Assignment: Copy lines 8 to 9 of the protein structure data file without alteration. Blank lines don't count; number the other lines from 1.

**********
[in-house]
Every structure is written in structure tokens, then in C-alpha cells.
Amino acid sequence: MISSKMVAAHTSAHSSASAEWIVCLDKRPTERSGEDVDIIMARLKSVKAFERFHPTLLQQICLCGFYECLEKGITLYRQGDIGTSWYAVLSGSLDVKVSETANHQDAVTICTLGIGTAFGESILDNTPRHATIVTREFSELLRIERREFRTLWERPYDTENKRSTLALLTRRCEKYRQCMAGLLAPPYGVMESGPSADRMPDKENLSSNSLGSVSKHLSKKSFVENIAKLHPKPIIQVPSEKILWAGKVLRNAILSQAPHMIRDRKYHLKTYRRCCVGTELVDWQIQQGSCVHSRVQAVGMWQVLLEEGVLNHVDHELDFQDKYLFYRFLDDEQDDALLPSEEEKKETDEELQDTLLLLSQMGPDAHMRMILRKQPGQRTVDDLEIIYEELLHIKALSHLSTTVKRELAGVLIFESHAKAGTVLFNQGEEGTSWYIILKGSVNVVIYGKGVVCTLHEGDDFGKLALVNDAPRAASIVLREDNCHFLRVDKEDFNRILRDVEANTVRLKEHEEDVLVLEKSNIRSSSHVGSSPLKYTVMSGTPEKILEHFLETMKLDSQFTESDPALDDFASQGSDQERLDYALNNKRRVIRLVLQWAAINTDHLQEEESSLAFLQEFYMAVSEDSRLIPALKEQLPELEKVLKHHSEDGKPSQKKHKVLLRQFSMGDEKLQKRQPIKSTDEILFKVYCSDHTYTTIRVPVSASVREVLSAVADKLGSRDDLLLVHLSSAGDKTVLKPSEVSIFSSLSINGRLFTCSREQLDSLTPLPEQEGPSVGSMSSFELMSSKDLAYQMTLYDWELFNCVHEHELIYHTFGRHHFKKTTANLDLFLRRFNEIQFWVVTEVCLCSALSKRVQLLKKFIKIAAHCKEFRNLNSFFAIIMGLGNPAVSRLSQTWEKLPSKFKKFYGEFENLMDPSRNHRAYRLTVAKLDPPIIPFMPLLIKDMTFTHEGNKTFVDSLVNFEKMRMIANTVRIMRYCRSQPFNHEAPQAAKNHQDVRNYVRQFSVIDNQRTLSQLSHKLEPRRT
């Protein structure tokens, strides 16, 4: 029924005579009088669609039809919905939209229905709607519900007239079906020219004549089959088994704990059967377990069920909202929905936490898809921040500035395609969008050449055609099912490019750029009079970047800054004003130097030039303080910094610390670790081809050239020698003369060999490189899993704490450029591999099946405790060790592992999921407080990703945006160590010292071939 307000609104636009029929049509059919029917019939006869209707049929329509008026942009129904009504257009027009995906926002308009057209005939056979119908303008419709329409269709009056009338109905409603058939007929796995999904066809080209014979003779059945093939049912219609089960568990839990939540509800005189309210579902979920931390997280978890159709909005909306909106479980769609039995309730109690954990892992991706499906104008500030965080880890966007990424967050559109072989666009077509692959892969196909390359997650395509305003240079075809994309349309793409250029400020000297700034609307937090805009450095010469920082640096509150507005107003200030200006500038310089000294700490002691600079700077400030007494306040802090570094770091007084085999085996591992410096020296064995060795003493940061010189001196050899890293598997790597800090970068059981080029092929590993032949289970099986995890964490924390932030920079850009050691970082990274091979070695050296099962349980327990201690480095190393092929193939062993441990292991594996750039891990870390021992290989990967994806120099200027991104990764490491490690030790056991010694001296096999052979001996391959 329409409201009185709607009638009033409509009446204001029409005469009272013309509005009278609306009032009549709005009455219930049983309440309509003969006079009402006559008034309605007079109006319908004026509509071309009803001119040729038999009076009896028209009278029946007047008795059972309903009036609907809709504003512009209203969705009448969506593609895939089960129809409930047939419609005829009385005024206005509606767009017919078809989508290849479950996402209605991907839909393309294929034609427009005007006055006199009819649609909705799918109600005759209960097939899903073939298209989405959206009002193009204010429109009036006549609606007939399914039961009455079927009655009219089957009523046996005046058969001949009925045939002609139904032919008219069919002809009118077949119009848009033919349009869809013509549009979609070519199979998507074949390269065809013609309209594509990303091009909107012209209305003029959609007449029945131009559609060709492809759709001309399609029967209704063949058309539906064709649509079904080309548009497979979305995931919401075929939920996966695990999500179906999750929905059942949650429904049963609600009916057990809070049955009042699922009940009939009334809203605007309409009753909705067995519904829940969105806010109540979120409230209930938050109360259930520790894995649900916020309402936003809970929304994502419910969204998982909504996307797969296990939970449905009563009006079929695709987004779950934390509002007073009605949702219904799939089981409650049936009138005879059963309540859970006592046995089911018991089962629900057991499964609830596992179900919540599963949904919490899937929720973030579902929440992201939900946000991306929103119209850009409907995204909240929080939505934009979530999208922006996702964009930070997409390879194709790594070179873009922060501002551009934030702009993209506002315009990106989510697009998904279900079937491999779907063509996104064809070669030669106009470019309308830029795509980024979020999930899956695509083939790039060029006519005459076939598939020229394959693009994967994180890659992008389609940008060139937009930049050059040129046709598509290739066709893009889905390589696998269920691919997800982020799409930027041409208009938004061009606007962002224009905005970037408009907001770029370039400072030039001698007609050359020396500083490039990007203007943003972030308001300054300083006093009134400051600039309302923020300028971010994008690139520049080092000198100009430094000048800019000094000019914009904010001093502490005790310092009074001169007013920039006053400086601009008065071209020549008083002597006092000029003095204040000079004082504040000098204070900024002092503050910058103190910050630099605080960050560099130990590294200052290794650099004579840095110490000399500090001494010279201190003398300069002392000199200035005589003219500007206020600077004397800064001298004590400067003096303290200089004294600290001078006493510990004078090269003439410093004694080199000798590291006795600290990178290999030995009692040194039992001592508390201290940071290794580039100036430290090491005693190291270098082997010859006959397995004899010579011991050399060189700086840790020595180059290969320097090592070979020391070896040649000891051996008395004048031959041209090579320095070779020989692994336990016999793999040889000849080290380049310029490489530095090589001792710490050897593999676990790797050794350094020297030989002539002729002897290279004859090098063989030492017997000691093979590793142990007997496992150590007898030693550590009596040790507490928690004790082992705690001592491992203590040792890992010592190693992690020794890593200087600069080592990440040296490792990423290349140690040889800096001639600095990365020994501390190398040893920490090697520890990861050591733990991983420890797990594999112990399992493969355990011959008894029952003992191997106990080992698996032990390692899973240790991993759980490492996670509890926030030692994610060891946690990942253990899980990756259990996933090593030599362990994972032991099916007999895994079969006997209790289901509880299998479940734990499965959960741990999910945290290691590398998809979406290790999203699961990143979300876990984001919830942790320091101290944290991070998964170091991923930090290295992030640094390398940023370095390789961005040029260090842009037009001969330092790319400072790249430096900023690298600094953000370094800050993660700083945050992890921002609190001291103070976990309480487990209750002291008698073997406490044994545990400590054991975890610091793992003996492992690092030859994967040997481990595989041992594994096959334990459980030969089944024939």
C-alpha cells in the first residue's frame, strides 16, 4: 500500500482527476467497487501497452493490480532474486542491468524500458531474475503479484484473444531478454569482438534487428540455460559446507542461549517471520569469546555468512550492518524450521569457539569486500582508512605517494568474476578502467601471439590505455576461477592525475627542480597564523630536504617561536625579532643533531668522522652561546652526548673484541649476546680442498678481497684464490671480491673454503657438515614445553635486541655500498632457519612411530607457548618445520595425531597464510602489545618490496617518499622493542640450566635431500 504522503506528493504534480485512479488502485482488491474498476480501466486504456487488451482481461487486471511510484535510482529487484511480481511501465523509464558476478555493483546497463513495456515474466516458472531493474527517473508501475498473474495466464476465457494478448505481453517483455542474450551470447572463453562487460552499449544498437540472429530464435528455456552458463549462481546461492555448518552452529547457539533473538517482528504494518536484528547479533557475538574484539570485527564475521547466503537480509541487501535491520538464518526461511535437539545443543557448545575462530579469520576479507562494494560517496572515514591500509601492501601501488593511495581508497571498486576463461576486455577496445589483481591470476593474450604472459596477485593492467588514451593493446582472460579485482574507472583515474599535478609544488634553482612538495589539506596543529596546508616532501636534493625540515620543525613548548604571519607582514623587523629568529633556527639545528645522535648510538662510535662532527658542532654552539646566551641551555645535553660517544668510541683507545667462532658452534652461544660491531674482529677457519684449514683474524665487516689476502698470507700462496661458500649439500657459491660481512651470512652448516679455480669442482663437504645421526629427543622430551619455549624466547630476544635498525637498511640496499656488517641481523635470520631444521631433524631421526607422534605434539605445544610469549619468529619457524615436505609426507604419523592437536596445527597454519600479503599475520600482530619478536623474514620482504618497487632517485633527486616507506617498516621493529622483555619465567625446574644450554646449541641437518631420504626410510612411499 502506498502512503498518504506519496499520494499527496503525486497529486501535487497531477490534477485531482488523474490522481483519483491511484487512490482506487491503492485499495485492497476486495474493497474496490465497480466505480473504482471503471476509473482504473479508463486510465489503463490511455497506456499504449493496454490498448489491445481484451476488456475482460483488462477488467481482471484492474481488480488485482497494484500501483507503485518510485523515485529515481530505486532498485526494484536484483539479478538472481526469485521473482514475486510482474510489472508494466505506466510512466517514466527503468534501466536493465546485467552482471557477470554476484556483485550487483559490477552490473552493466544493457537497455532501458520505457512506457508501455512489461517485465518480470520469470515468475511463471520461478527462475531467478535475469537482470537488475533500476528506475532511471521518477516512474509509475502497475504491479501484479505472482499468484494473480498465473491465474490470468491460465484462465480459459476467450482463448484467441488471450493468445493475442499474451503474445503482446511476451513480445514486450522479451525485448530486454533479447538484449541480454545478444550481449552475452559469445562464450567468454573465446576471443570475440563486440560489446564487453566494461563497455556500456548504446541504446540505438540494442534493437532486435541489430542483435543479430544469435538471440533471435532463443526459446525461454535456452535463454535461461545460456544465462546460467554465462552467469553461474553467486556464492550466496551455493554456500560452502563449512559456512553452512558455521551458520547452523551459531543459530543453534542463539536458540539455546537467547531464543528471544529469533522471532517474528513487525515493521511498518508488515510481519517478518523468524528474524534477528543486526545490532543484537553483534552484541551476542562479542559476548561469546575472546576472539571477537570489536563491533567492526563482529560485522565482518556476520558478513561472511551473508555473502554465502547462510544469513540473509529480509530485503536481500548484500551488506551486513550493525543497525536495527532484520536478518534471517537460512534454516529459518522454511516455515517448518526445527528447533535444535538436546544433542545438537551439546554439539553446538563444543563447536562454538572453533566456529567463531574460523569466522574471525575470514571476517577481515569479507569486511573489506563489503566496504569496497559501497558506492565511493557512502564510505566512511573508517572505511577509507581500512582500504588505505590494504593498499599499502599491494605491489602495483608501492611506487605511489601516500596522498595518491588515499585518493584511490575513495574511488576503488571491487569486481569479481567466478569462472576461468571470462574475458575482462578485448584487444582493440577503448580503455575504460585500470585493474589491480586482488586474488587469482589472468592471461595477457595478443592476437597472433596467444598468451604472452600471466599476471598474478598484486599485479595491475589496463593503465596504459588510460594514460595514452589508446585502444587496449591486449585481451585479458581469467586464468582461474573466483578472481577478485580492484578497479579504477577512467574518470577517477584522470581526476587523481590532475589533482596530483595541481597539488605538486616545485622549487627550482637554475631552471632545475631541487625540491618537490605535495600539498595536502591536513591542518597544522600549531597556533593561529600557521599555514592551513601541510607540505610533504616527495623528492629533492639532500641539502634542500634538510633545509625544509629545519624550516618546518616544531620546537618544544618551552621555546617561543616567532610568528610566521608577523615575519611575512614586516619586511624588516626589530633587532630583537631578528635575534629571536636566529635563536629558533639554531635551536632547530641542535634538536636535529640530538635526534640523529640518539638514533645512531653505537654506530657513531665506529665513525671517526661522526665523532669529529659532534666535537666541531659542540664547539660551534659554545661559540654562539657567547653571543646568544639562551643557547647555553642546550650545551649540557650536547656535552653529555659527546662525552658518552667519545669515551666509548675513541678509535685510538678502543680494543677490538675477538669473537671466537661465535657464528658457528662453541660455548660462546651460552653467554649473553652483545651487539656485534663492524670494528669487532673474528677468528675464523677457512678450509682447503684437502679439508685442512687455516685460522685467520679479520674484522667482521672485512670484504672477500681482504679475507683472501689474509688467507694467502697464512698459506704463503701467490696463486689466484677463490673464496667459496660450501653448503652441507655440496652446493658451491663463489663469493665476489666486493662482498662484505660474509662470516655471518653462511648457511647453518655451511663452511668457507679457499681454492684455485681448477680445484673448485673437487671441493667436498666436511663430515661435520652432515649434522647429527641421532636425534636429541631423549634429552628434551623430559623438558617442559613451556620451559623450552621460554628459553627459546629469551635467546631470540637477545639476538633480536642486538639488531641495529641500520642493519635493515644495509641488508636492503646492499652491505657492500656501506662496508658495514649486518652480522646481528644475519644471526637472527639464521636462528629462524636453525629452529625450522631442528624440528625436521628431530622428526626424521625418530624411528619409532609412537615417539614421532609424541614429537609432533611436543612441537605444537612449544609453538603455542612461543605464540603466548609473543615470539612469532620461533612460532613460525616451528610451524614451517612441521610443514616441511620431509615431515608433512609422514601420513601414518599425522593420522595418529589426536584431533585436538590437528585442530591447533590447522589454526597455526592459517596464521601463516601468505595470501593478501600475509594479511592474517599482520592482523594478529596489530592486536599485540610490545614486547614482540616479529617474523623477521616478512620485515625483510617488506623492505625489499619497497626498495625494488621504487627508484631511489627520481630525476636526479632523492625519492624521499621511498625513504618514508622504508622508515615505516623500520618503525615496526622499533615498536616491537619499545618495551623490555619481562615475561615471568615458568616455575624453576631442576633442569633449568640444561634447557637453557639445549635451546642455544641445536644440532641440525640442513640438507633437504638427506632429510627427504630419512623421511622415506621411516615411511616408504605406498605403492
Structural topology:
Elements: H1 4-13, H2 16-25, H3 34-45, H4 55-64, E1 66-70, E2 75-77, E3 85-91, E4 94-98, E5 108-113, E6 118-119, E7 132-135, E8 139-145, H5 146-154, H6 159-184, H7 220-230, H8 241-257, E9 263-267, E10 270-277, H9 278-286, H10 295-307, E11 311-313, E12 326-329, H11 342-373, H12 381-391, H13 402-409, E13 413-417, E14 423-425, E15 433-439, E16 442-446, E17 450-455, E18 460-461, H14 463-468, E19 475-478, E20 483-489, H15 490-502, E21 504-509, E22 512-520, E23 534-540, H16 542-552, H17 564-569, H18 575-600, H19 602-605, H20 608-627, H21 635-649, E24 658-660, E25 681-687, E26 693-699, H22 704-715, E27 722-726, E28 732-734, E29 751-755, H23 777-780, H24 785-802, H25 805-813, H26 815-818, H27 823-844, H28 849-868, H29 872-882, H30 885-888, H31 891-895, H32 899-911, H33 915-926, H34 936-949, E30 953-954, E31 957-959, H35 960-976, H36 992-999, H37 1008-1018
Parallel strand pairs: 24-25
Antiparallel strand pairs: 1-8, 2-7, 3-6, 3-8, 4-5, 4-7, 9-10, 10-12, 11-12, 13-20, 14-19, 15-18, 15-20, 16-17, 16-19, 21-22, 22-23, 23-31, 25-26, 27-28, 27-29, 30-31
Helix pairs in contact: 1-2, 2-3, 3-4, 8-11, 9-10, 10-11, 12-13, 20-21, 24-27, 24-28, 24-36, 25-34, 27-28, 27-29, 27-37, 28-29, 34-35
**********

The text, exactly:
Parallel strand pairs: 24-25
Antiparallel strand pairs: 1-8, 2-7, 3-6, 3-8, 4-5, 4-7, 9-10, 10-12, 11-12, 13-20, 14-19, 15-18, 15-20, 16-17, 16-19, 21-22, 22-23, 23-31, 25-26, 27-28, 27-29, 30-31